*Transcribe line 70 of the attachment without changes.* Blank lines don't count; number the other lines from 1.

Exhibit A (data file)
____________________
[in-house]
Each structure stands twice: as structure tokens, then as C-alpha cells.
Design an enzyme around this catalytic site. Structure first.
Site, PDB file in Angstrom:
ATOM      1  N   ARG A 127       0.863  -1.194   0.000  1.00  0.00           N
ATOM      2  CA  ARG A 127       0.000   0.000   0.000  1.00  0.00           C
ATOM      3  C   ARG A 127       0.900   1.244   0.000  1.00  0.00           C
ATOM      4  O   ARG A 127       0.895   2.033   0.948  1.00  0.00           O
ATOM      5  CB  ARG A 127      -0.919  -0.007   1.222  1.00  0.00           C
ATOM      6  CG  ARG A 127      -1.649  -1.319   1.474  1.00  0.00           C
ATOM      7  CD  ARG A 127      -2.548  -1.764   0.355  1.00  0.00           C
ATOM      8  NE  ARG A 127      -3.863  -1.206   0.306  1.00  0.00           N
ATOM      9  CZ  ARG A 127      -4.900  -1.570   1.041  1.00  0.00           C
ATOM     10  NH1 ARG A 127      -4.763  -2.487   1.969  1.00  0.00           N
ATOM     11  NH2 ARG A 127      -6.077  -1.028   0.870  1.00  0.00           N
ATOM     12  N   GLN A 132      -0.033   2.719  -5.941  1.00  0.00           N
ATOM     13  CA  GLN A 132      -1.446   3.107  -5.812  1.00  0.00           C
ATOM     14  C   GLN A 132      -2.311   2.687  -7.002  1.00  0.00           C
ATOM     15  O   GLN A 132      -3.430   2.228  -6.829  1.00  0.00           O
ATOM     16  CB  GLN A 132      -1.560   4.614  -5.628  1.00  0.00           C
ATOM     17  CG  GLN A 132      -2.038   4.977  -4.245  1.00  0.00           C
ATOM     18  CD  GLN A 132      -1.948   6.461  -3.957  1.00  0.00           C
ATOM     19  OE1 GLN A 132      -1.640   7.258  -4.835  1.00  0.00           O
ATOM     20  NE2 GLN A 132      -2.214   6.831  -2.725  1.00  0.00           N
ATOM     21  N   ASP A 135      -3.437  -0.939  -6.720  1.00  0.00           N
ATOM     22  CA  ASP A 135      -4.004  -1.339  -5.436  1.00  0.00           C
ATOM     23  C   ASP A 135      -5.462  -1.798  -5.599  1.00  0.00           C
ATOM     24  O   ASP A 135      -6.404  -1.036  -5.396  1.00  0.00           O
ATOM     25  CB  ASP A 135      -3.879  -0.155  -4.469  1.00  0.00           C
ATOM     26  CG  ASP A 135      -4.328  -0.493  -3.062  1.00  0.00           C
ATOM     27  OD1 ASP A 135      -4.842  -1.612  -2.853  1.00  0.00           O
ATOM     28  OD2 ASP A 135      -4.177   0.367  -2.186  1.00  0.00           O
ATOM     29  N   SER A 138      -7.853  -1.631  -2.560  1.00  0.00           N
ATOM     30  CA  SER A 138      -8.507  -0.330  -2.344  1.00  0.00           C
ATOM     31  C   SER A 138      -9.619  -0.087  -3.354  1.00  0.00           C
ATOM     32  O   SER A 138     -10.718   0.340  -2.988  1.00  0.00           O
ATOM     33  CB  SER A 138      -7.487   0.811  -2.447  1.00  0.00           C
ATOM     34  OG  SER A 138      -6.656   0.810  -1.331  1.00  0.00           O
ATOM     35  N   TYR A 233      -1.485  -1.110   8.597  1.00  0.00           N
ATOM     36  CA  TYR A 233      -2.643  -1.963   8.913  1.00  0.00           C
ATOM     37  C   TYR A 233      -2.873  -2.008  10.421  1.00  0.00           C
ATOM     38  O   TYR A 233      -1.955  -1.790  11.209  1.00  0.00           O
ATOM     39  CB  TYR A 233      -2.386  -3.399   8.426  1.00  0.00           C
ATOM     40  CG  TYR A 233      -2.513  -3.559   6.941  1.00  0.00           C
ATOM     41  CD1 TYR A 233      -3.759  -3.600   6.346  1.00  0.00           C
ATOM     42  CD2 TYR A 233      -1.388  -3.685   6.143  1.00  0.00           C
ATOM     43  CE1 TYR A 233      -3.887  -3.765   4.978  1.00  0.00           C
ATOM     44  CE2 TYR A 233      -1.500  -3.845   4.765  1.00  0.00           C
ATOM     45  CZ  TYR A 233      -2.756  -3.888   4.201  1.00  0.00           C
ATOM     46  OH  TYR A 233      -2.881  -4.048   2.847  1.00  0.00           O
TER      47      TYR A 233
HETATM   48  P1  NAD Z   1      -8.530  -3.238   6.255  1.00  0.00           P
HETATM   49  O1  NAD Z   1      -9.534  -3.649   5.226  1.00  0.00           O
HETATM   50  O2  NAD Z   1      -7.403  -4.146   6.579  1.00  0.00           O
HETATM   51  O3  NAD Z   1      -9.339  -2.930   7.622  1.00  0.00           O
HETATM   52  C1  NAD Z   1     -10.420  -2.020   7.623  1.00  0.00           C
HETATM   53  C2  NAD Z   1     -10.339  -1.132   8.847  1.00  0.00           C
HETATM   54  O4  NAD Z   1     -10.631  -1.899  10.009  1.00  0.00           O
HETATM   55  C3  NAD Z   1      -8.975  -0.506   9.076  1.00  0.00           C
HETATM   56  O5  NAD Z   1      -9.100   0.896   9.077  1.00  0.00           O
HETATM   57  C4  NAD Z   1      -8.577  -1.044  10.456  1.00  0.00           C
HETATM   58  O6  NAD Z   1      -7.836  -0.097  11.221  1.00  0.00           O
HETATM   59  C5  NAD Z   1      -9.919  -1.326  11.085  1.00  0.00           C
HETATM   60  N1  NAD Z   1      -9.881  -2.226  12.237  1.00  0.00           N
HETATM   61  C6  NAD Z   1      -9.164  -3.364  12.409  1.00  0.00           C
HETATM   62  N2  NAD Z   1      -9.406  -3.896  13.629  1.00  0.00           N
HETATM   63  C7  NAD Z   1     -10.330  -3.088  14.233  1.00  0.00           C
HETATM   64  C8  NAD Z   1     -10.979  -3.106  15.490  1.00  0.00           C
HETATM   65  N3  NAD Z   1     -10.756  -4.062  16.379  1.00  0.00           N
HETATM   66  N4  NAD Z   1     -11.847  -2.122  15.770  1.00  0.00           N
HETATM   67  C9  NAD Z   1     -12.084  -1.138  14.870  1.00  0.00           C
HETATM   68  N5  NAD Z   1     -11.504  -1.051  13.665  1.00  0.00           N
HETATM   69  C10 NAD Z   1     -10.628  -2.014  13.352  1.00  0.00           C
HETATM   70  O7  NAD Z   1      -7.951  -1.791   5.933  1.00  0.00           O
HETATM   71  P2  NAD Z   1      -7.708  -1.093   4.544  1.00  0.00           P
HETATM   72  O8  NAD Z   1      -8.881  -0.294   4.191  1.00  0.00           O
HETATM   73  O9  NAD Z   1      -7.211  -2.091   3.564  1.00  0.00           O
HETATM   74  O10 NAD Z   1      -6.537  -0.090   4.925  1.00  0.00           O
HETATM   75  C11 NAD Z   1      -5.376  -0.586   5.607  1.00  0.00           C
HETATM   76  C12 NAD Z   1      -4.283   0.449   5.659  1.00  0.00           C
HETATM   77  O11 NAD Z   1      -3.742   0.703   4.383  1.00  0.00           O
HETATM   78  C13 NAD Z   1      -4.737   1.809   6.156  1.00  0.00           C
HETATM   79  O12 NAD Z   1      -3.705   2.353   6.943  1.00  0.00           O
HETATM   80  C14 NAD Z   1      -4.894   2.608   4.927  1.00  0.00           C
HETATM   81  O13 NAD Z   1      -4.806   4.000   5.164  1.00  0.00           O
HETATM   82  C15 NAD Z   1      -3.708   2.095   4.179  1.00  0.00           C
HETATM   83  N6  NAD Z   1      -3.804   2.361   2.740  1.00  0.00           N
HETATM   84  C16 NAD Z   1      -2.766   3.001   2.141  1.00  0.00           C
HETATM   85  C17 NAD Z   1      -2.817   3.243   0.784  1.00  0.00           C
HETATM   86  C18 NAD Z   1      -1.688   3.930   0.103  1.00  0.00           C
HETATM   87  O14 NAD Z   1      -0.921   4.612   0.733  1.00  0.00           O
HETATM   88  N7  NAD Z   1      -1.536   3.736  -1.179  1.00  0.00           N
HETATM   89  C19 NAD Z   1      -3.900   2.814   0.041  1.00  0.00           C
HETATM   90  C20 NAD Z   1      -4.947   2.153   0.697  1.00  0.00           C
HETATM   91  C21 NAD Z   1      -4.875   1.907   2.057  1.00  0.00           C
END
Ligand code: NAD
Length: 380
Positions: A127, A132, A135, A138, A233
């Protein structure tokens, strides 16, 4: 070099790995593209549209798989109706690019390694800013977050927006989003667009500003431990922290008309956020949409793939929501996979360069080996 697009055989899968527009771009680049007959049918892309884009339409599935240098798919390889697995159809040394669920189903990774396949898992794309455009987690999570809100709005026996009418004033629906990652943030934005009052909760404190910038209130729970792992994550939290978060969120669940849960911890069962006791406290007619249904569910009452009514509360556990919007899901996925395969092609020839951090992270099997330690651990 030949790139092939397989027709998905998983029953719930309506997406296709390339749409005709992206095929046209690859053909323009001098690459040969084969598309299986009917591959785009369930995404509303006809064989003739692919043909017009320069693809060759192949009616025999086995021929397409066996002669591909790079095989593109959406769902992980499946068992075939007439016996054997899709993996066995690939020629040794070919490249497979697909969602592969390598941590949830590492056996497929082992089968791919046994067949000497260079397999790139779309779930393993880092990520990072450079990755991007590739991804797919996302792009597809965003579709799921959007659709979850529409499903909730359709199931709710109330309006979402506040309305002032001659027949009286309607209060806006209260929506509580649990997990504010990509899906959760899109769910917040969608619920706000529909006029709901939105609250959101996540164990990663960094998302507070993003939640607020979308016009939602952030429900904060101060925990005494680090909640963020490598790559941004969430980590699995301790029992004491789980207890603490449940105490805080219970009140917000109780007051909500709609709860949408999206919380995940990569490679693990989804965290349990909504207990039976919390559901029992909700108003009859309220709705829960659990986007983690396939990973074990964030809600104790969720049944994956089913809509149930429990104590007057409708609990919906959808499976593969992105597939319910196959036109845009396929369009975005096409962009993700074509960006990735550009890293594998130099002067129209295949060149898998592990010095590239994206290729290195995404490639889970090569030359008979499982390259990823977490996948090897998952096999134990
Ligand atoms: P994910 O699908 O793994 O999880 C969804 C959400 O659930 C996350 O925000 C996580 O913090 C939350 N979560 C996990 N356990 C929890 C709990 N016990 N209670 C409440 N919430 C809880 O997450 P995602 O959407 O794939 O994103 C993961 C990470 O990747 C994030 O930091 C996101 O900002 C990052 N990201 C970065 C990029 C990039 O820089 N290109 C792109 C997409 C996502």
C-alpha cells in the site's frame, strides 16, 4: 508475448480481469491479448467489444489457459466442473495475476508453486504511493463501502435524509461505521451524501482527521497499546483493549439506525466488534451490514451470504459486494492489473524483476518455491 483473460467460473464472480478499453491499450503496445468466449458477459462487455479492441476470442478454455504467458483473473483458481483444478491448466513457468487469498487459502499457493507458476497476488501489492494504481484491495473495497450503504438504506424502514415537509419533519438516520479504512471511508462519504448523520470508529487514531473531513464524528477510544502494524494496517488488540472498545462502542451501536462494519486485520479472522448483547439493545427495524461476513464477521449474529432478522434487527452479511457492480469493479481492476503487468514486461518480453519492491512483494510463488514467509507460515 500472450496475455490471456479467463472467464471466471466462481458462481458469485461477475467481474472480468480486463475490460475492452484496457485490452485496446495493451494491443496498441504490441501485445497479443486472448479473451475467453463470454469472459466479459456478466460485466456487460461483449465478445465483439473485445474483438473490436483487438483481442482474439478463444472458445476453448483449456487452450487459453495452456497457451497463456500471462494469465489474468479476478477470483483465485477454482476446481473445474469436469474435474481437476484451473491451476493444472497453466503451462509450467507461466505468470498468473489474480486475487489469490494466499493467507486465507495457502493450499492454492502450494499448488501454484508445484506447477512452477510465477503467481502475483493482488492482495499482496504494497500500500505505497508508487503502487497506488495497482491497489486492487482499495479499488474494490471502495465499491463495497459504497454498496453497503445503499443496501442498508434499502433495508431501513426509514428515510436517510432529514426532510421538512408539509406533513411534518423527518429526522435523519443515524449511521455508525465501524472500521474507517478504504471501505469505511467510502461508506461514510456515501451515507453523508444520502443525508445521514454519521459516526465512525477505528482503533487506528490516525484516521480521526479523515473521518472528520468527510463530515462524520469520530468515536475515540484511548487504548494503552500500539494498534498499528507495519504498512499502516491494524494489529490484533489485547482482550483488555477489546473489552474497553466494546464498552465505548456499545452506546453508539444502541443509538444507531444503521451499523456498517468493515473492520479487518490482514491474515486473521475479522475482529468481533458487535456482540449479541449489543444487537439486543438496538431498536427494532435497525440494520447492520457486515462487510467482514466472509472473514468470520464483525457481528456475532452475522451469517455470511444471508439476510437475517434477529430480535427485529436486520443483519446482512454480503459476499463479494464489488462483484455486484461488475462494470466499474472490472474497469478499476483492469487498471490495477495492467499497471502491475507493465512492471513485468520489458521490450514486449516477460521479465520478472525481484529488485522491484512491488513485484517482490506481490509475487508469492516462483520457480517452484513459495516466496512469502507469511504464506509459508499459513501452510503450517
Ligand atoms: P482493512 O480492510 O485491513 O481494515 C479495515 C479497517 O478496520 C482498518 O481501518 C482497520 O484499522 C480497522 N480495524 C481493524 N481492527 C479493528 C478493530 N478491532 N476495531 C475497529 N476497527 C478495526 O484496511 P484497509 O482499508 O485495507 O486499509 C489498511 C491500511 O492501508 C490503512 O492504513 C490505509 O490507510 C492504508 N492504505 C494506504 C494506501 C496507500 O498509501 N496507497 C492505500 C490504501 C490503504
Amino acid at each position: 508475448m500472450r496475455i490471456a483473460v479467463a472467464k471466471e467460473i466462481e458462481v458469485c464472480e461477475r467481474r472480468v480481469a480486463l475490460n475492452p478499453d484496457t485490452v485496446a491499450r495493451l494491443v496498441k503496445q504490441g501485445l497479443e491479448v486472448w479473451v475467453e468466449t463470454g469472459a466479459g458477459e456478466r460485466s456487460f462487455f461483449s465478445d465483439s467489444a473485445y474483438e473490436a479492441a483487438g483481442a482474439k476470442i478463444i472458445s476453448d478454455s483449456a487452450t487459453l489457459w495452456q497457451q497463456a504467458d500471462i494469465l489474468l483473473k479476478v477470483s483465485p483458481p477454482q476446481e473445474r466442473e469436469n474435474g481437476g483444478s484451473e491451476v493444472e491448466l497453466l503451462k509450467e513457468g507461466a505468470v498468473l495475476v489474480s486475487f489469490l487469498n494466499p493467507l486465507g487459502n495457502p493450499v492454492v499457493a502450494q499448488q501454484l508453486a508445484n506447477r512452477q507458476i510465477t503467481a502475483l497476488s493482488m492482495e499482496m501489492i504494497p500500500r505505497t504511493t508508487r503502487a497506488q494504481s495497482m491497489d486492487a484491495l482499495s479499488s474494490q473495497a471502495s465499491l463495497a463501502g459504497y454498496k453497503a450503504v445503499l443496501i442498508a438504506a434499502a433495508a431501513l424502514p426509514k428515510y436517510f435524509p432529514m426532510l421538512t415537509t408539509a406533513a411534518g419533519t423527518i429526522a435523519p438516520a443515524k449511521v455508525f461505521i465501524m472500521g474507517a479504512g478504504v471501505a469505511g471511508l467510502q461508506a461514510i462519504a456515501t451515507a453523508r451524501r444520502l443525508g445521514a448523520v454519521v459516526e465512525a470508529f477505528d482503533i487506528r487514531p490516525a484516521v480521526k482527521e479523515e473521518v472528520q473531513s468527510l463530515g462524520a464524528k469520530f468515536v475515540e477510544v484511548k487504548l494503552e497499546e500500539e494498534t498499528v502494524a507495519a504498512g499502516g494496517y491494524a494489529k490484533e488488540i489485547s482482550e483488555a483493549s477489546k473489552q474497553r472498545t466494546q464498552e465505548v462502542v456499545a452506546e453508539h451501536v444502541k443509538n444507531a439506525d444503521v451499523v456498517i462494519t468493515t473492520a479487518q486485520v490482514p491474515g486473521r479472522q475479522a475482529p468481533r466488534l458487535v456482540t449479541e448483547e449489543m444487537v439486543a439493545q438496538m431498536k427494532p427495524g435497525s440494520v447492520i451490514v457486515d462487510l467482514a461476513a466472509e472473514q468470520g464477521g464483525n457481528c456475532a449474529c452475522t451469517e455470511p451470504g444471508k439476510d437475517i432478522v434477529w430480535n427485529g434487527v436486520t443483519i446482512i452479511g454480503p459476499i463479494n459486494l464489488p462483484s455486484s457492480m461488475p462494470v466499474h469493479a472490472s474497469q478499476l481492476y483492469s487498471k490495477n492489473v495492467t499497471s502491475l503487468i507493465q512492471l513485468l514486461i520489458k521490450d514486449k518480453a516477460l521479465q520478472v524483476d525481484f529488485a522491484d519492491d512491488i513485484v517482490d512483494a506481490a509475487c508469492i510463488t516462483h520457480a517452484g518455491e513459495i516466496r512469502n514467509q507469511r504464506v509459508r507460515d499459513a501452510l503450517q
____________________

HETATM   66  N4  NAD Z   1     -11.847  -2.122  15.770  1.00  0.00           N